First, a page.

With this unflattering portrait in mind, we could draw only conjectural conclusions about the relation between Joyce’s life and work, which is not to say that the work should be judged by the life, but rather that the underlying assumptions we might glean from Joyce’s writings could be interpreted in conjunction with what we see here. Rebellion against a constricted environment yielded Joyce’s outsiderism, which nonetheless remained linked with a lifelong obsession with the minutiae of the environment in which he grew up, and which, from what Macdonald tells us, beyond Joyce’s departure from his native land, never developed further. Note that Bloom fantasizes a utopia, but it remains just a crude utopian dream. Of course a writer is not obligated to tell us what should be. Ultimately Joyce couples a cannibalization of the inherited mythologies of the West with the quotidian mapped in unprecedented detail with all its cultural taboos exposed, deploying style and irony developed to an extreme. We can see this ultimately yielding both extreme innovation and stasis. Finnegans Wake dissolves individual personality into the untraceable web of the unconscious and cultural constructs. Its historical ontology is cyclical, ending where it begins. We could say about Joyce as Ilan Stavans and Stanislaw Lem asserted about Jorge Luis Borges: in Joyce there is no future. Joyce’s peculiar rebellion against the idealisms with which he was raised perhaps explains why he was inspired by William Blake but trusted no vision beyond concretely embodied epiphanies. Hence Joyce’s later work, while as obscure as Blake’s private mythology, yields no real vision, but just a conundrum to be deciphered. If Joyce was just an obsessive specialist as Macdonald argues, we have a possible explanation of why this is. But at this point it is only a conjecture.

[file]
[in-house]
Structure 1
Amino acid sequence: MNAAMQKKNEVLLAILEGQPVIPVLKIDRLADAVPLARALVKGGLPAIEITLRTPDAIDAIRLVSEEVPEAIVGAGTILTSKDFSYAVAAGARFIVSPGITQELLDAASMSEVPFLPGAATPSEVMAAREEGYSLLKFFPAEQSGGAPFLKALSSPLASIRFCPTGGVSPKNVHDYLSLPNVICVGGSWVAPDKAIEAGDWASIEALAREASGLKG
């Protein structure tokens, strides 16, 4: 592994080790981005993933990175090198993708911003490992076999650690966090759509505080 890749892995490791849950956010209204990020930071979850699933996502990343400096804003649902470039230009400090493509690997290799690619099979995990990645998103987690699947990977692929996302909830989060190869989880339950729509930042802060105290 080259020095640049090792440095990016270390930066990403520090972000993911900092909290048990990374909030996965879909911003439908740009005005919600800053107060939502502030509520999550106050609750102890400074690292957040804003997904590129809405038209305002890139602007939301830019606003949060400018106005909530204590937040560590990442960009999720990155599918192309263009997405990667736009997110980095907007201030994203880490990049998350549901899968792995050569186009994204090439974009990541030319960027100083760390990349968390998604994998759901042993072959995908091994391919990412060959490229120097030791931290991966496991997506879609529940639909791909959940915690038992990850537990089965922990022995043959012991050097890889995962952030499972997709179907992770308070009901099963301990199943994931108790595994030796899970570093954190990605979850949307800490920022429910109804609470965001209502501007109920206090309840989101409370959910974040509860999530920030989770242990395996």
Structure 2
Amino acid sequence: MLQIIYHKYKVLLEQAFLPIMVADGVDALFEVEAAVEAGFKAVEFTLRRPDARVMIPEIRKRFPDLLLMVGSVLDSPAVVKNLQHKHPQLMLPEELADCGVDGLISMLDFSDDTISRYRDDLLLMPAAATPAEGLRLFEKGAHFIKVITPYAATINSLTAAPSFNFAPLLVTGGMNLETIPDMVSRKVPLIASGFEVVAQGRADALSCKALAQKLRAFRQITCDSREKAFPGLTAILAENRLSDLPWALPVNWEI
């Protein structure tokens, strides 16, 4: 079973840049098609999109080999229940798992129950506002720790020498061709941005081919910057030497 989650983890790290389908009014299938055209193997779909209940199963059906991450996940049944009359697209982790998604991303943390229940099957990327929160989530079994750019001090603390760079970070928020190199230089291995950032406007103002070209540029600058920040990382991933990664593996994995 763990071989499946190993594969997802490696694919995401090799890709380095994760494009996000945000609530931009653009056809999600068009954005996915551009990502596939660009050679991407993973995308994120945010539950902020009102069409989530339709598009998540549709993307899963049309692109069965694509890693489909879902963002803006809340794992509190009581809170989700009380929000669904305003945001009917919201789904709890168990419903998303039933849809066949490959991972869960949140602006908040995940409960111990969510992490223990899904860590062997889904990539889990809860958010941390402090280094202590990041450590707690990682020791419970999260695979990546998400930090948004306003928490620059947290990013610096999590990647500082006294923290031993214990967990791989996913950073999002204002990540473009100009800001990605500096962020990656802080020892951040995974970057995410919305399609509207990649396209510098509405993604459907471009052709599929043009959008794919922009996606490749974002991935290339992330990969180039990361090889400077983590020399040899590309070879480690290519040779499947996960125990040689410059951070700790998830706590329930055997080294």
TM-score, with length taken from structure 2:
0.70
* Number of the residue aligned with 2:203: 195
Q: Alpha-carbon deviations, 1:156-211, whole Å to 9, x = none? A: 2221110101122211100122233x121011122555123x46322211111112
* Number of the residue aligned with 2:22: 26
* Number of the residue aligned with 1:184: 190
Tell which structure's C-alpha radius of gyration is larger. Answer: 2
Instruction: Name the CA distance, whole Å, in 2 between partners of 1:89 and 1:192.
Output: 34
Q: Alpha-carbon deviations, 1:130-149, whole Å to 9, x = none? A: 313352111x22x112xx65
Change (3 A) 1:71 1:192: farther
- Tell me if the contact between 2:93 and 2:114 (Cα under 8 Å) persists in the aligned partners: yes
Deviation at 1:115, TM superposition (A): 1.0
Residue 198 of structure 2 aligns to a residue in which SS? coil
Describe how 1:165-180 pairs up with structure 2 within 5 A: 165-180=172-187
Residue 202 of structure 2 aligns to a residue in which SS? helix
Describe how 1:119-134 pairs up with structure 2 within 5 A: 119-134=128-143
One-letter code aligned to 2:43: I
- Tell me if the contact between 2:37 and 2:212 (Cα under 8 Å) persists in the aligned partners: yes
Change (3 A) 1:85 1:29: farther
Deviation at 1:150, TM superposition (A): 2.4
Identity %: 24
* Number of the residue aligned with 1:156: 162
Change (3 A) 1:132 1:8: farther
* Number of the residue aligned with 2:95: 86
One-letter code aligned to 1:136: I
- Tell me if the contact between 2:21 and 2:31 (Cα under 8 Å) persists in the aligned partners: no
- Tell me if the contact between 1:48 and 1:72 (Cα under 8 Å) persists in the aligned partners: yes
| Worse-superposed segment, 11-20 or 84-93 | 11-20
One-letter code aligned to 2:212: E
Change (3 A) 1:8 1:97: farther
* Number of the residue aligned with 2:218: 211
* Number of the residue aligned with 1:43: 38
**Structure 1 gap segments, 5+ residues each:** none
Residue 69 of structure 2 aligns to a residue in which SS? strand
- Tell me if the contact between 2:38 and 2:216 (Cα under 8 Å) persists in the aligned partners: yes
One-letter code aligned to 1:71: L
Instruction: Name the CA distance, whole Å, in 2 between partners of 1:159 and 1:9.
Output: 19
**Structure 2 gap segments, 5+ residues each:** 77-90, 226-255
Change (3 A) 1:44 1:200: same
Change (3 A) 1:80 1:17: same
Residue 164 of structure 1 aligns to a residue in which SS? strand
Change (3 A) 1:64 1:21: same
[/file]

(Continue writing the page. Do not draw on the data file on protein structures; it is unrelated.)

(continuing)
— RD, 25 February 2019

The Cyclical Night: Irony in James Joyce and Jorge Luis Borges
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James Joyce & Esperanto:
Selected Bilingual Bibliography / Elektita Dulingva Bibliografio

Audience/Reading Public, Professionalization/Specialization of Writers, Literary Forms, Division of Labor